Despite interventions such as free maternal health and emergency ambulance services, the Upper West Region is still recording high maternal death rates.
The region recorded 13 maternal deaths last year and 16 deaths from January-June with the Nadowli District contributing five fatalities during the period under review.
Madam Florence Angsomwine, District Director of Health Service made this known at stakeholders’ forum and the launching of safe motherhood week celebration in Nadowli at the weekend , on the theme: “Participation of male in improving maternal and child health.”
She said many women in the area still prefer to deliver at home, a practice that was causing maternal and child deaths in the communities.
Madam Angsomwine said the deaths could be prevented if community members and the women victims recognise danger signs early and seek health care.
She called for active participation of men and community opinion leaders to understand and appreciate the importance of improving the health of children and women.
“Efforts to reduce child and maternal mortality should be a collective responsibility of… stakeholders and should not be placed on the shoulders of health workers alone,” Madam Angsomwine said.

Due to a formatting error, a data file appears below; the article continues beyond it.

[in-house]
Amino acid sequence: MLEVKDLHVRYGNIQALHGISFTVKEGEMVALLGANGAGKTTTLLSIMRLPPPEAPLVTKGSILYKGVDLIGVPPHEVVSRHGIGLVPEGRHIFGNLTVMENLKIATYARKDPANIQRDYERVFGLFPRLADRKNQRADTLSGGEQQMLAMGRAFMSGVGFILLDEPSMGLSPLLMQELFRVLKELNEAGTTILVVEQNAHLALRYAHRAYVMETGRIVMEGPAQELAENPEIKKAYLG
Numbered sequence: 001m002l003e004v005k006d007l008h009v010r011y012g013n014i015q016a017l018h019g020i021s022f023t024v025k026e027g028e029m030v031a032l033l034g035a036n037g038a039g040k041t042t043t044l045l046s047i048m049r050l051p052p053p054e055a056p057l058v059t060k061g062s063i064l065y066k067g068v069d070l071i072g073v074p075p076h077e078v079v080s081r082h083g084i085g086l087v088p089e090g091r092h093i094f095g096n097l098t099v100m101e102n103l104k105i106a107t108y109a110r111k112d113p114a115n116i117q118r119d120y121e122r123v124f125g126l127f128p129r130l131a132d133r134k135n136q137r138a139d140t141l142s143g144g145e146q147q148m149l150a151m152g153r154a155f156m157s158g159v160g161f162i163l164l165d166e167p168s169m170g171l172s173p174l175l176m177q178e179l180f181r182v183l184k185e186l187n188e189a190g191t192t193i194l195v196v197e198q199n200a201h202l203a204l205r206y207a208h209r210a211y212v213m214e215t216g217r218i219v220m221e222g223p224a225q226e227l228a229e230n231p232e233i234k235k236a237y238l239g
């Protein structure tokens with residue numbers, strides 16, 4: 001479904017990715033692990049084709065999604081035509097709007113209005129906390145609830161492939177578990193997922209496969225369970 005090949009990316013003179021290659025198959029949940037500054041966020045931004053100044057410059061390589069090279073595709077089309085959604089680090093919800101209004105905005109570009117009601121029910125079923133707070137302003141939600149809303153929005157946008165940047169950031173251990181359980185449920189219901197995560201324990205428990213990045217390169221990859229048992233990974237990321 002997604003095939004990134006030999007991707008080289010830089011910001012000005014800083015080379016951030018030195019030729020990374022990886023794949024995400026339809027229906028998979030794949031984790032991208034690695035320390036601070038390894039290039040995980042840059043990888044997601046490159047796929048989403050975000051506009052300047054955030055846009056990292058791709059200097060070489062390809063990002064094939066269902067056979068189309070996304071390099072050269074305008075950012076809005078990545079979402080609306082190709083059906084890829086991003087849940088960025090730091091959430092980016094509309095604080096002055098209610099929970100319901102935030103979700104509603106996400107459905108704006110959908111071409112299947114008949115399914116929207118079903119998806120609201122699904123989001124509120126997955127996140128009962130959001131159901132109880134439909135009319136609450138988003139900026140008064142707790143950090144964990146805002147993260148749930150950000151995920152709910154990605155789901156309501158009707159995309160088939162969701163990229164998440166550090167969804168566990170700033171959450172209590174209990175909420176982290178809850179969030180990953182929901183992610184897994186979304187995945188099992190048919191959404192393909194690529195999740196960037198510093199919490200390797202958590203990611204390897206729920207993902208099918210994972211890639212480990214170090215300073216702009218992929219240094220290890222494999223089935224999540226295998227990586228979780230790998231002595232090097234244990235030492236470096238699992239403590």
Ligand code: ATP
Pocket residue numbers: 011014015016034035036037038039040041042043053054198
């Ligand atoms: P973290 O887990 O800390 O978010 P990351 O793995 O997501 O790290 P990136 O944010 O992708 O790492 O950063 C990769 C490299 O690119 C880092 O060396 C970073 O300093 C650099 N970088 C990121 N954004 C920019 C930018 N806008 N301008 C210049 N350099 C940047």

Madam Angsomwine appealed to the community to develop their own initiatives to remove the bottlenecks that hinder emergency obstetric care.
On adolescent pregnancy, Madam Angsomwine announced that two teenage girls, between the ages of 10 and 14 were pregnant in 2010, 216 girls ranging from 15 and 19 years and 591 girls between 20 and 24 years were pregnant within the same period in the district.
She said 376 pregnancies among girls between 15 and 19 years and 748 girls between 20 and 24 years had been recorded within this half year in the district.
Madam Angomwine appealed to girls in the area to embrace family planning to reduce the incidence of unwanted pregnancies and unsafe abortion as well maternal deaths.
Mr Abu Kasangbata, District Chief Executive who launched the week, said henceforth assembly members would be held responsible for any maternal death in their communities.
He urged them to add the welfare and good health of their people into main functions and encourage men to accompany their pregnant wives to health facilities to receive antenatal care.
Mr Kasangbata announced that the two members of parliament in the area and the district assembly were sponsoring 50 trainee nurses to come out to provide quality health care services to the people.
Traditional rulers, assembly members, youth associations, mother support groups, women associations, non-governmental organisations and health workers attended the forum to make inputs to help improve maternal and child health care in the district.